Tourists required to book to climb Mount Fuji as Japan struggles with over-tourism

Tourists required to book to climb Mount Fuji as Japan struggles with over-tourism
  • PublishedMay 24, 2024

People wanting to climb an iconic trail on Mount Fuji will need to book in advance and pay a fee, as one of the most iconic volcanoes in the world struggles with over-tourism and littering.

Officials in Japan are also introducing the new measures because of concerns people are “bullet climbing” to the summit and putting fellow climbers at risk.

The Yamanashi prefecture said in a statement on Monday it introduced new rules for the climbing season from July 1 to September 10 for those hiking the Yoshida Trail on the 3,776-meter-high mountain, designated a UNESCO World Cultural Heritage site in 2013.

Only 4,000 climbers will be allowed to enter the trail per day: 3,000 slots will be available for online booking at a fee of 2,000 yen (about $20), and the remaining 1,000 can be booked in person on the day of the climb.

Mount Fuji is divided into 10 stations, and there are four “5th stations” halfway up the mountain from where the four trails — the Yoshida, Fujinomiya, Subashiri, and Gotemba — start to the top.

Under the new system, climbers need to choose whether they will do a day hike or stay overnight at the several available huts across the trail.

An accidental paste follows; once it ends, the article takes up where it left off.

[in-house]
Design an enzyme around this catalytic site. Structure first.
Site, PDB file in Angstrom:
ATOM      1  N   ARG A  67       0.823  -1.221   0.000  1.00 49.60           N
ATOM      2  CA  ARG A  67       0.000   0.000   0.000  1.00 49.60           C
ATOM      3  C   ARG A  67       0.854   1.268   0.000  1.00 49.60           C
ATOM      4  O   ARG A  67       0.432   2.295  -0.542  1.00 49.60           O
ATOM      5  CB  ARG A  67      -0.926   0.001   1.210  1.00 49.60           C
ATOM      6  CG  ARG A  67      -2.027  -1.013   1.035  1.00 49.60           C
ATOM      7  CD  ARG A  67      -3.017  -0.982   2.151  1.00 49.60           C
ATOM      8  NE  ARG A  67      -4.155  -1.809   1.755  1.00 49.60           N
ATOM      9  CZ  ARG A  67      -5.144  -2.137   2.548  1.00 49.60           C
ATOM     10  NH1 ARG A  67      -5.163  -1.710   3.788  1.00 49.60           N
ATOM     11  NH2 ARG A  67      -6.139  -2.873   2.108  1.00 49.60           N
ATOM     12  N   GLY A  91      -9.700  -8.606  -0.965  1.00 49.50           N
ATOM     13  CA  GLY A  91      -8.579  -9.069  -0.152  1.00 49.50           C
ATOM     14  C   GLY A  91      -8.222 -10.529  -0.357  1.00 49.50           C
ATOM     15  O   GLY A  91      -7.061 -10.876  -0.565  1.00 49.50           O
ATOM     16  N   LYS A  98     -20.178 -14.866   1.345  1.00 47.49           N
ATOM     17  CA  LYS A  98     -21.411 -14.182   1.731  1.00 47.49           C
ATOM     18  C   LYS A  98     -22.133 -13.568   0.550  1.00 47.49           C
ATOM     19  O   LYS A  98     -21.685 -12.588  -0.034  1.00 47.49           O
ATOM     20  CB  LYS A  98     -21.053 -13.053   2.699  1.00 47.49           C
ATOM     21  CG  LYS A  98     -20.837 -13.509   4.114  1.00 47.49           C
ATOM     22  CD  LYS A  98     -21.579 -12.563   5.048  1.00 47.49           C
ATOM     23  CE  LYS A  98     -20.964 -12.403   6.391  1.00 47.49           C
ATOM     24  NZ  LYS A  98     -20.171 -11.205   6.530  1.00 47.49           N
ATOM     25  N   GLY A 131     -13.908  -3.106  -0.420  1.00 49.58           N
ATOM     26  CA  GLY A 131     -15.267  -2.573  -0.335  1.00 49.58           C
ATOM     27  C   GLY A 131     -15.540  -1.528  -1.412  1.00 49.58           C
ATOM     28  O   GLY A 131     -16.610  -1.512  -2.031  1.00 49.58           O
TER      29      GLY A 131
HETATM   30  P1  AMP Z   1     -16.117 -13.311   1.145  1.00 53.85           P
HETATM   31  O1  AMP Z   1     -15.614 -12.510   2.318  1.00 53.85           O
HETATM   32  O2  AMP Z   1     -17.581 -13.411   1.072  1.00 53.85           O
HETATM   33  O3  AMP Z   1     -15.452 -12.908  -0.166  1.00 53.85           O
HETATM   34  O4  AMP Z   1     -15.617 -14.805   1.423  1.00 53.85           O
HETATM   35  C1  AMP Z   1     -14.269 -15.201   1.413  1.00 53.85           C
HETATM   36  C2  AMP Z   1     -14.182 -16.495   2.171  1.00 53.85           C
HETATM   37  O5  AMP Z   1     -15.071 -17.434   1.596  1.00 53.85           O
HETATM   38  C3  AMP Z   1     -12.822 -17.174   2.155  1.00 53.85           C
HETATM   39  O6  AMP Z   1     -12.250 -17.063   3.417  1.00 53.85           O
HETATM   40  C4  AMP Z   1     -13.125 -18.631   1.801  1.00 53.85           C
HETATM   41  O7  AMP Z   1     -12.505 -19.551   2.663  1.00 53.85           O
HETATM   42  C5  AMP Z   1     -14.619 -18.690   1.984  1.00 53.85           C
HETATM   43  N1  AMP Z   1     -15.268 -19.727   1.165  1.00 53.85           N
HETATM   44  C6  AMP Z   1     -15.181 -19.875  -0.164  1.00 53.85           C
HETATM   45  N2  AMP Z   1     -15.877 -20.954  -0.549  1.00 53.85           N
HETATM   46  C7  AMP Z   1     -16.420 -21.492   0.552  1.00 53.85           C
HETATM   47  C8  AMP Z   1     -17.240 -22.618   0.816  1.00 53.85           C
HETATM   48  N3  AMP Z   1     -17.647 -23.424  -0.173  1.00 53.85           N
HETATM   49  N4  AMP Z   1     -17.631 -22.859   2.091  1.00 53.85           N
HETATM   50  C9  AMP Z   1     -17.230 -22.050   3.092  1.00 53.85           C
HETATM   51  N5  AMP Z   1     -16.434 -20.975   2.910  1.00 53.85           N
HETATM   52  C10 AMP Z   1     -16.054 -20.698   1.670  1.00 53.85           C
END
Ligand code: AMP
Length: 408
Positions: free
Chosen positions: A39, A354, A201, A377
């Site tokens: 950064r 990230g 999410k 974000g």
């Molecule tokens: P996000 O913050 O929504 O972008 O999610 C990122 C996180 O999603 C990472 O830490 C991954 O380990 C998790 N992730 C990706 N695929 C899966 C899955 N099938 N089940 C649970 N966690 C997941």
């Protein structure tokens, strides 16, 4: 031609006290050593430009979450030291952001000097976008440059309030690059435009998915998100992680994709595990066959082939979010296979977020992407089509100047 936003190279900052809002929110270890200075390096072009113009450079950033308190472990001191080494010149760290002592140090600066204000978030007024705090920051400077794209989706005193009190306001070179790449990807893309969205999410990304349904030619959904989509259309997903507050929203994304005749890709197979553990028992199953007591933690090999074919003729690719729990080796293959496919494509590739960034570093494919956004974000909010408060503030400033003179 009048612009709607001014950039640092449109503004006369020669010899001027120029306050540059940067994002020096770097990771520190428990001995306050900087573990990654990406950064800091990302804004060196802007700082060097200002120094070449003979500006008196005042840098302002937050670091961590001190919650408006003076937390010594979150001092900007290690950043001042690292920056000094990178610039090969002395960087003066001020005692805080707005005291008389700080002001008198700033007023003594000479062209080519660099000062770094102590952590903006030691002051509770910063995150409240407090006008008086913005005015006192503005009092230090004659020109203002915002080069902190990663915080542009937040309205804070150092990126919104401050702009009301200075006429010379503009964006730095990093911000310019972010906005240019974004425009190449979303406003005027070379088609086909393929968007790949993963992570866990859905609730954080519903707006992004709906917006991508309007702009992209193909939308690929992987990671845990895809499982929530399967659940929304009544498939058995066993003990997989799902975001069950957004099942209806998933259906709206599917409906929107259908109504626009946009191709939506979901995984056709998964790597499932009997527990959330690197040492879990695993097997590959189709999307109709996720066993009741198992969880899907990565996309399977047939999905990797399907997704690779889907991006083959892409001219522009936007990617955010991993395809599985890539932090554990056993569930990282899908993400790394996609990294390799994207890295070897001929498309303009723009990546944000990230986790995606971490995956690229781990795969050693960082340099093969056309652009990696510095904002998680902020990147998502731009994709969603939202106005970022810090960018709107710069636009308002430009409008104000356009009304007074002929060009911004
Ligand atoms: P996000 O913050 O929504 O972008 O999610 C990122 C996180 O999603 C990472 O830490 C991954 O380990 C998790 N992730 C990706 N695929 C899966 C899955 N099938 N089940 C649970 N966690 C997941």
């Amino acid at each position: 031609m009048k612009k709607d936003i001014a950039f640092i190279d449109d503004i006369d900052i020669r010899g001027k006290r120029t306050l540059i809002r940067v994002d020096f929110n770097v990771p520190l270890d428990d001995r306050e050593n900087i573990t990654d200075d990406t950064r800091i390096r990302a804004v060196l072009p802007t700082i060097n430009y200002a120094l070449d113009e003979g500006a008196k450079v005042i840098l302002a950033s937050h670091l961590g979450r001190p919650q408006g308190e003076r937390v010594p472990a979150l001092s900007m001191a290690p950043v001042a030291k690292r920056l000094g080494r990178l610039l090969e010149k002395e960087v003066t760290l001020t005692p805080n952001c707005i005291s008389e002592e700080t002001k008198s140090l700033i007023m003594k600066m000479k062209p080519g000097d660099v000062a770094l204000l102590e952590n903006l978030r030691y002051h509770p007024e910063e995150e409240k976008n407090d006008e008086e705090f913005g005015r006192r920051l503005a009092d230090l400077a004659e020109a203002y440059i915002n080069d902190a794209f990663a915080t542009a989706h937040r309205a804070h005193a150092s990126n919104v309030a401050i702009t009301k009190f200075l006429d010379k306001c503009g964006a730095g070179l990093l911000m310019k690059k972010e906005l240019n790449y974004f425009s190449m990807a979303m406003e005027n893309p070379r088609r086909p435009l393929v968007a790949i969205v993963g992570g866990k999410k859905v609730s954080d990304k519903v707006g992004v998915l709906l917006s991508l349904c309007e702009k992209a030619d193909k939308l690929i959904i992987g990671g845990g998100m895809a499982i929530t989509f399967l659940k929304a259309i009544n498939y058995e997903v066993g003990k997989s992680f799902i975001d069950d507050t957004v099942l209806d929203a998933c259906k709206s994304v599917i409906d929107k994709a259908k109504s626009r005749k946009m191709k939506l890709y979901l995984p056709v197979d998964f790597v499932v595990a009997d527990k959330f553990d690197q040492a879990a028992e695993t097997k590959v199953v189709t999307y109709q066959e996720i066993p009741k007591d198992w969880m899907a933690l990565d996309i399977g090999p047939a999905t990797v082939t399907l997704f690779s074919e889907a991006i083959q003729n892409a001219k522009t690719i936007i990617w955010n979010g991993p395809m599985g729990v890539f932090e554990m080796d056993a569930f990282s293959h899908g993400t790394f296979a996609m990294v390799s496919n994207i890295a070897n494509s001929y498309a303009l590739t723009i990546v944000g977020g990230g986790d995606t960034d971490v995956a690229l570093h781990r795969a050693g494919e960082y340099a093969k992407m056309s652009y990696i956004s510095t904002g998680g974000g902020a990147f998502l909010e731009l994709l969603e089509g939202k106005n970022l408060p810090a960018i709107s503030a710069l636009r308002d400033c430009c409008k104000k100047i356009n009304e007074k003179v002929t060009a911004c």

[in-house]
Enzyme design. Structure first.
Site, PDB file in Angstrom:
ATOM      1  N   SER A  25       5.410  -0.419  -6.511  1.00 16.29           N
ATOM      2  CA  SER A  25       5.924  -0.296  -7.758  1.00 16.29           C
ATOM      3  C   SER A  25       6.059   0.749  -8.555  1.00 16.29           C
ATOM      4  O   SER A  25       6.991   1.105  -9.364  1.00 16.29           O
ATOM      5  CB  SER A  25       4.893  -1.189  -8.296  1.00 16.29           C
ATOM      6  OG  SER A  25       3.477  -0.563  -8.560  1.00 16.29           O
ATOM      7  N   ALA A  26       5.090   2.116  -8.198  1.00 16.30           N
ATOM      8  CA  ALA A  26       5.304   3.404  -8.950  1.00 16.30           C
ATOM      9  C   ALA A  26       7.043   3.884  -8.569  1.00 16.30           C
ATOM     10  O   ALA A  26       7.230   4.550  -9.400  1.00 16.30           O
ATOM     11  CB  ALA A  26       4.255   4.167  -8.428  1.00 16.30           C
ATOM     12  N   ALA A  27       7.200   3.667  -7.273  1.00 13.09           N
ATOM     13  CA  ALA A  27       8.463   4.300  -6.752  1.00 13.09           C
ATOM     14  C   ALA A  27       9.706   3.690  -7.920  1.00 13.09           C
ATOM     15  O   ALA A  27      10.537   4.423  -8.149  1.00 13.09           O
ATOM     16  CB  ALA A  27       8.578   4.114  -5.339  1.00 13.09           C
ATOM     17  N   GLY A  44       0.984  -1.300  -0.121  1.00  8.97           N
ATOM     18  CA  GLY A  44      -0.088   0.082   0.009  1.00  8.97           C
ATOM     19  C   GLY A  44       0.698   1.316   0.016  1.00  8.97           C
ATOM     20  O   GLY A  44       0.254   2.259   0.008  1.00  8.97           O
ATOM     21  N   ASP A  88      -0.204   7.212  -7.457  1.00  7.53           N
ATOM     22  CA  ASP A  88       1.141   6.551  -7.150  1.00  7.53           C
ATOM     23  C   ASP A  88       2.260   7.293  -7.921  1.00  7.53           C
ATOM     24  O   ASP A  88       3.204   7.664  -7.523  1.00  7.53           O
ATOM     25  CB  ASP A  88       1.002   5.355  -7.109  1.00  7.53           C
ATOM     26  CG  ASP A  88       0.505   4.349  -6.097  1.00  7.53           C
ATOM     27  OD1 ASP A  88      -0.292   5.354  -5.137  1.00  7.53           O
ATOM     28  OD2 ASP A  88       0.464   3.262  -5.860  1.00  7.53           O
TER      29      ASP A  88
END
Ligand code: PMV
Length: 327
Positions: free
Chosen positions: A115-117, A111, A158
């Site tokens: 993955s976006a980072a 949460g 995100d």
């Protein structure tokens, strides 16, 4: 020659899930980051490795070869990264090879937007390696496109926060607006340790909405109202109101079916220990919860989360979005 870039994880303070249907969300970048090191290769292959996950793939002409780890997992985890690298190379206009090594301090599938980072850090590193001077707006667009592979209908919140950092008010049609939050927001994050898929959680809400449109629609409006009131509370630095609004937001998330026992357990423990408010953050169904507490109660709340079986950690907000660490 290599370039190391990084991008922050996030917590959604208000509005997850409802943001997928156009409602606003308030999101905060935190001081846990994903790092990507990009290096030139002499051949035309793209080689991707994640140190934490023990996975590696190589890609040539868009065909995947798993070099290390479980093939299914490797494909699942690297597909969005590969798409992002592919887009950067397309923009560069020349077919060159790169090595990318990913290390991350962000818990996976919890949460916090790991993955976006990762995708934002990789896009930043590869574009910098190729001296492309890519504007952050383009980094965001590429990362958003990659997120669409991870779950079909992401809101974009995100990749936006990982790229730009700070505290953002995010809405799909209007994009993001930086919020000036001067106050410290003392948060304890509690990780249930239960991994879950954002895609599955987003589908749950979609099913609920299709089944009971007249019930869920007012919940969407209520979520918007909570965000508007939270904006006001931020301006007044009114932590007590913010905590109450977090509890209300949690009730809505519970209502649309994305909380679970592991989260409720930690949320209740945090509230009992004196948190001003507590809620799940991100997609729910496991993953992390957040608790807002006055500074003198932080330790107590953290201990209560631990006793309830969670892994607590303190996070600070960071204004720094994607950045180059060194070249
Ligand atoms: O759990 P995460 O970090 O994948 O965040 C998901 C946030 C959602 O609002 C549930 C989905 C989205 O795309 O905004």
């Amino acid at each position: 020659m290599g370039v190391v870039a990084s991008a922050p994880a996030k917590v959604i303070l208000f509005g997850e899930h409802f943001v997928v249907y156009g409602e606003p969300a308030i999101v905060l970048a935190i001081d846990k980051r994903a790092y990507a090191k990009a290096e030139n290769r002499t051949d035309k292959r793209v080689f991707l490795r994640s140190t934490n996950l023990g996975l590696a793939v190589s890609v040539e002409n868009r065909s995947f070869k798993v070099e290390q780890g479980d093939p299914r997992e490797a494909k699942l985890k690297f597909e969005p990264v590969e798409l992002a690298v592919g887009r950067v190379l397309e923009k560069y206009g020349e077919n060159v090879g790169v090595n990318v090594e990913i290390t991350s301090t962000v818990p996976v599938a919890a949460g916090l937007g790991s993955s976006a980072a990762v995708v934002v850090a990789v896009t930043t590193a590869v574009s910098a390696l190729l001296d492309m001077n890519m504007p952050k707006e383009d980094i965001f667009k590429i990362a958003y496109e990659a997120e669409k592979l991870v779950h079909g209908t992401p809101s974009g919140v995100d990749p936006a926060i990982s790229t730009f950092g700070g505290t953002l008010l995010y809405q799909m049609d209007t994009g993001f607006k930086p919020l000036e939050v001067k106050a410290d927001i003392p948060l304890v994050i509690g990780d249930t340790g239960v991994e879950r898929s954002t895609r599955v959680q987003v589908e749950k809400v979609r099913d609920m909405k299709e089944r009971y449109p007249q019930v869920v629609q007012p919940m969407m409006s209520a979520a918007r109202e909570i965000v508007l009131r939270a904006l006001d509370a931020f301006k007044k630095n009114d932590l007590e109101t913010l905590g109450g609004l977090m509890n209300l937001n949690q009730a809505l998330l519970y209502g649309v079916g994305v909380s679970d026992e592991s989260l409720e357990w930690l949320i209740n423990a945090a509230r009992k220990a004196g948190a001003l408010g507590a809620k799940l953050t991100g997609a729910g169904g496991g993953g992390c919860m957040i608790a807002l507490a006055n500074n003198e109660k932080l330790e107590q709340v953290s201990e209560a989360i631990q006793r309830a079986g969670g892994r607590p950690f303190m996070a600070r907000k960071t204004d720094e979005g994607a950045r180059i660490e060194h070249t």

Once they input their information and the day of the climb, they are given a QR code to be scanned at the 5th station.

Authorities said those who have not booked an overnight hut will be sent back down and not allowed to climb between 4pm and 3am, mainly to stop climbers who rush to the summit without adequate rest, raising safety concerns.

Climbers can book their slots via Mount Fuji Climbing’s official website, jointly run by the Environment Ministry and Mount Fuji’s two home prefectures, Yamanashi and Shizuoka.

A climber wearing a green backpack looks at a mountain that has cast its shadow on clouds below
Mount Fuji is one of the most iconic tourism destinations in Japan.(AP Photo: Jae C. Hong, File)

Yamanashi Governor Kotaro Nagasaki thanked people for their understanding and cooperation in helping conserve Mount Fuji.

The Shizuoka prefecture south-west of Mount Fuji, where climbers can also access the mountain, has sought a voluntary 1,000-yen ($10) fee per climber since 2014 and is considering additional ways to balance tourism and environmental protection.

Japan’s Environment Ministry said the number of Mount Fuji climbers during the season in 2023 totalled 221,322.

The announcement came just as a town in Shizuoka was to set up a huge black screen on a sidewalk to block a view of Mount Fuji because of tourists overcrowding the area to take photos.

Over-tourism has also become a growing issue at other popular tourist destinations such as Kyoto and Kamakura as foreign visitors have flocked to Japan in droves since the coronavirus pandemic restrictions were lifted, in part due to the weaker yen.

Last year, Japan had more than 25 million visitors and the figures in 2024 are expected to surpass nearly 32 million, a record from 2019, according to the Japan National Tourism Organization.


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